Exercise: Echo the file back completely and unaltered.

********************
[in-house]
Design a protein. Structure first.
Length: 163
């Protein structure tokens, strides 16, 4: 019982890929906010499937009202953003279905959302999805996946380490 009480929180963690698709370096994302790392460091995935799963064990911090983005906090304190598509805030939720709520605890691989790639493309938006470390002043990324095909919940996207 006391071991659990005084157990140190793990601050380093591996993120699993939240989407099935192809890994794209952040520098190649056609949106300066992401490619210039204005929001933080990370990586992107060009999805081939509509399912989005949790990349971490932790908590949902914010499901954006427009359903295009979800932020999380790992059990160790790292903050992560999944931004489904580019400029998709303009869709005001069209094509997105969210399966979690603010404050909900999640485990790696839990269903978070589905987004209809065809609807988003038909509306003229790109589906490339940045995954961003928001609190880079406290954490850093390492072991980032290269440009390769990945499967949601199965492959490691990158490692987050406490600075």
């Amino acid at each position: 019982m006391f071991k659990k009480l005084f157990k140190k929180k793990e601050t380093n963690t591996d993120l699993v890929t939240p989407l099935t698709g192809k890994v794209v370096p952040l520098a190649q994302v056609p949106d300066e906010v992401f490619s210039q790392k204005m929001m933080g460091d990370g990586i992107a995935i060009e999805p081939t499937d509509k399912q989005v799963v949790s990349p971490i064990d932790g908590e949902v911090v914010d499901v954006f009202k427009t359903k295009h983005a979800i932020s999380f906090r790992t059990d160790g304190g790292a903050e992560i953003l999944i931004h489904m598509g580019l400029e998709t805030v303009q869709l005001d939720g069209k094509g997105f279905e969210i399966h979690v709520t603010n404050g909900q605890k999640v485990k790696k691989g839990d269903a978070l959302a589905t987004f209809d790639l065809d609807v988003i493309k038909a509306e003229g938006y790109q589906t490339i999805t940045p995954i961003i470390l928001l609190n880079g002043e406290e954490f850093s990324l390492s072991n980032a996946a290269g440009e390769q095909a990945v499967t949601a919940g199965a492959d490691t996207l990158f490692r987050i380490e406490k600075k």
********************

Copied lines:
[in-house]
Design a protein. Structure first.
Length: 163
């Protein structure tokens, strides 16, 4: 019982890929906010499937009202953003279905959302999805996946380490 009480929180963690698709370096994302790392460091995935799963064990911090983005906090304190598509805030939720709520605890691989790639493309938006470390002043990324095909919940996207 006391071991659990005084157990140190793990601050380093591996993120699993939240989407099935192809890994794209952040520098190649056609949106300066992401490619210039204005929001933080990370990586992107060009999805081939509509399912989005949790990349971490932790908590949902914010499901954006427009359903295009979800932020999380790992059990160790790292903050992560999944931004489904580019400029998709303009869709005001069209094509997105969210399966979690603010404050909900999640485990790696839990269903978070589905987004209809065809609807988003038909509306003229790109589906490339940045995954961003928001609190880079406290954490850093390492072991980032290269440009390769990945499967949601199965492959490691990158490692987050406490600075």
């Amino acid at each position: 019982m006391f071991k659990k009480l005084f157990k140190k929180k793990e601050t380093n963690t591996d993120l699993v890929t939240p989407l099935t698709g192809k890994v794209v370096p952040l520098a190649q994302v056609p949106d300066e906010v992401f490619s210039q790392k204005m929001m933080g460091d990370g990586i992107a995935i060009e999805p081939t499937d509509k399912q989005v799963v949790s990349p971490i064990d932790g908590e949902v911090v914010d499901v954006f009202k427009t359903k295009h983005a979800i932020s999380f906090r790992t059990d160790g304190g790292a903050e992560i953003l999944i931004h489904m598509g580019l400029e998709t805030v303009q869709l005001d939720g069209k094509g997105f279905e969210i399966h979690v709520t603010n404050g909900q605890k999640v485990k790696k691989g839990d269903a978070l959302a589905t987004f209809d790639l065809d609807v988003i493309k038909a509306e003229g938006y790109q589906t490339i999805t940045p995954i961003i470390l928001l609190n880079g002043e406290e954490f850093s990324l390492s072991n980032a996946a290269g440009e390769q095909a990945v499967t949601a919940g199965a492959d490691t996207l990158f490692r987050i380490e406490k600075k």